Two-time defense secretary, White House chief of staff, pharmaceutical industry boss. But Donald Rumsfeld's resume now has a new, rather surprising addition: video-game app developer.
The 83-year-old's late foray into the gaming world is called Churchill Solitaire and has chalked up an impressive 4.5/5 customer rating in the App Store.
According to Rumsfeld, the app is a variation on solitaire that former British Prime Minister Sir Winston Churchill devised and played with a young protégé named André de Staercke during World War II.
Staercke later became a NATO diplomat and taught the game to Rumsfeld in the 1970s.
"Up until a few years ago, there were probably a dozen or so people in the entire world who knew how to play this game," Rumsfeld wrote in a Medium post late Sunday. "Winston Churchill was gone. André de Staercke, as well. And I knew I wouldn't be around forever. There was every chance the game Churchill so enjoyed could be lost to the ages."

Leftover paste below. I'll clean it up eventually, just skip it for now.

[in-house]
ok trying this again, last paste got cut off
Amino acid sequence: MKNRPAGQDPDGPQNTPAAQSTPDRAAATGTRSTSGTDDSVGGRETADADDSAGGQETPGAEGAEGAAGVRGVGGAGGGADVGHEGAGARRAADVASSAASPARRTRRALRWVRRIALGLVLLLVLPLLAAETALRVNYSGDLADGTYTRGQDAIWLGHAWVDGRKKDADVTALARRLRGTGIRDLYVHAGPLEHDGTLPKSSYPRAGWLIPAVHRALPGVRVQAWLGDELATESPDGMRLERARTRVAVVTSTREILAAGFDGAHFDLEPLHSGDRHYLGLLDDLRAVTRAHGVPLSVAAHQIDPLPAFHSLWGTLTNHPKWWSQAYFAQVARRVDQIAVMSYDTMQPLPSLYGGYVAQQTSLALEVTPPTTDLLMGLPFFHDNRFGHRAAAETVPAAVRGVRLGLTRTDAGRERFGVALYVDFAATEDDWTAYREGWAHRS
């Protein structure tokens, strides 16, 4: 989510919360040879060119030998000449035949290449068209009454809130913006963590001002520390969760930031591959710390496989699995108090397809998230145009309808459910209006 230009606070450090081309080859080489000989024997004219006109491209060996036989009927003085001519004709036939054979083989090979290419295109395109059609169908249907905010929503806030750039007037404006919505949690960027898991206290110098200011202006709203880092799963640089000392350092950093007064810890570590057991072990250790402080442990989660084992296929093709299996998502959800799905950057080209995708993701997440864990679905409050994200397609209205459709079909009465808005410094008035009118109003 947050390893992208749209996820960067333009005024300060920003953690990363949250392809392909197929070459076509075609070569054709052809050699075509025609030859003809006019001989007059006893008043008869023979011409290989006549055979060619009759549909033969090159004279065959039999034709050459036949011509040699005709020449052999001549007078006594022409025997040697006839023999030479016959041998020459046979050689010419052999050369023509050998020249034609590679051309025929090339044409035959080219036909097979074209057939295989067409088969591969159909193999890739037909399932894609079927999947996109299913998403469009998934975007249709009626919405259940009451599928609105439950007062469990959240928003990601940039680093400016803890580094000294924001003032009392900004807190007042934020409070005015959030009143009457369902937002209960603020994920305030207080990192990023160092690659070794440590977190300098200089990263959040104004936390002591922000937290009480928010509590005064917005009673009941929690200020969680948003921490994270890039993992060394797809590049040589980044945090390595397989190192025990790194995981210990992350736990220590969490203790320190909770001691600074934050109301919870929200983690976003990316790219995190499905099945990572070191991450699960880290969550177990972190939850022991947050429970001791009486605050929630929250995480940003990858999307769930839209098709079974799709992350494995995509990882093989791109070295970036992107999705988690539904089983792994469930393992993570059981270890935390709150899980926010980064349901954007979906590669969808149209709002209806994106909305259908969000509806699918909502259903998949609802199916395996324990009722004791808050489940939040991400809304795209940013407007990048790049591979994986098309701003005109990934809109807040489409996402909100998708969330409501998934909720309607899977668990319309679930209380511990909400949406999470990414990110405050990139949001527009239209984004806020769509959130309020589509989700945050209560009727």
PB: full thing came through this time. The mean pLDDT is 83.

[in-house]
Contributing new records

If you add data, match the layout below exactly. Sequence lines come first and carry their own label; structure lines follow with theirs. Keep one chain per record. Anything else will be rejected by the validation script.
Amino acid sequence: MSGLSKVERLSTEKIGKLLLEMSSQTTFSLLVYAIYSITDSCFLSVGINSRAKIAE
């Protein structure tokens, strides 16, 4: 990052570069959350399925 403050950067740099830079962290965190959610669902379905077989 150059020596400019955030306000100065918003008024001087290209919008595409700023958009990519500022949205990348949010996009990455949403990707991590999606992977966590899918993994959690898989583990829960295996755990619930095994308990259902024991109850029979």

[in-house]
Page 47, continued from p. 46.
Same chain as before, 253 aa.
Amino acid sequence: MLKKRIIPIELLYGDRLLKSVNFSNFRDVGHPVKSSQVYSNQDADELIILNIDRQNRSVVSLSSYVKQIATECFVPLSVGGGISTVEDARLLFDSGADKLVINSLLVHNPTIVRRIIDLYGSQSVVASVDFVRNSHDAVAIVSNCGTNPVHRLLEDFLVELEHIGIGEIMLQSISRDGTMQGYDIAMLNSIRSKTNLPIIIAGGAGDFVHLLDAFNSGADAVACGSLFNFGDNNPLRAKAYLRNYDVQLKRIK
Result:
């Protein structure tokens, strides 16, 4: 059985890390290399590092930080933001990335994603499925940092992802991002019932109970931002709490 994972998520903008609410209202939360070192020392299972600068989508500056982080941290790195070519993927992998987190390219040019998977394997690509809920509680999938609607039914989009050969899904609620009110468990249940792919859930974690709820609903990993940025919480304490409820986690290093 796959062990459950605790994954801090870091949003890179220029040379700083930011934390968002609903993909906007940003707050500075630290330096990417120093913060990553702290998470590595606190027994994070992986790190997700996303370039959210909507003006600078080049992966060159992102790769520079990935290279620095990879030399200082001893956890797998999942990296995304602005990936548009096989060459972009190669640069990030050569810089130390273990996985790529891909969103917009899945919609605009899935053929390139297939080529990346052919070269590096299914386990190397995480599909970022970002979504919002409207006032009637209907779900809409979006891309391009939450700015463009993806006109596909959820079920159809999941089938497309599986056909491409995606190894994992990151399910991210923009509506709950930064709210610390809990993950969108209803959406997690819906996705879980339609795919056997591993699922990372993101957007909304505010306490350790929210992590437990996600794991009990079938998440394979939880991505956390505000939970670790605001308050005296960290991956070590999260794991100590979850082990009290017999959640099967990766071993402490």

Unlike the regular version, Churchill Solitaire involves two decks (instead of one), 10 rows of cards (instead of seven), and an extra end-game goal called the "Devil's Six."
"Churchill Solitaire is not a game for everyone," Rumsfeld said. "It takes patience and perseverance, cunning and concentration, and strategy and sacrifice."
The game has a World War II theme, set against a backdrop of air-raid sirens and historical newspaper clippings. Rumsfeld worked with developers — he admits "I can't say I had much of an idea of what an app even was" — and gained the endorsement of the Churchill family.
The app is free to download but includes in-game purchases. Rumsfeld and the Churchill family's profits are going to charity.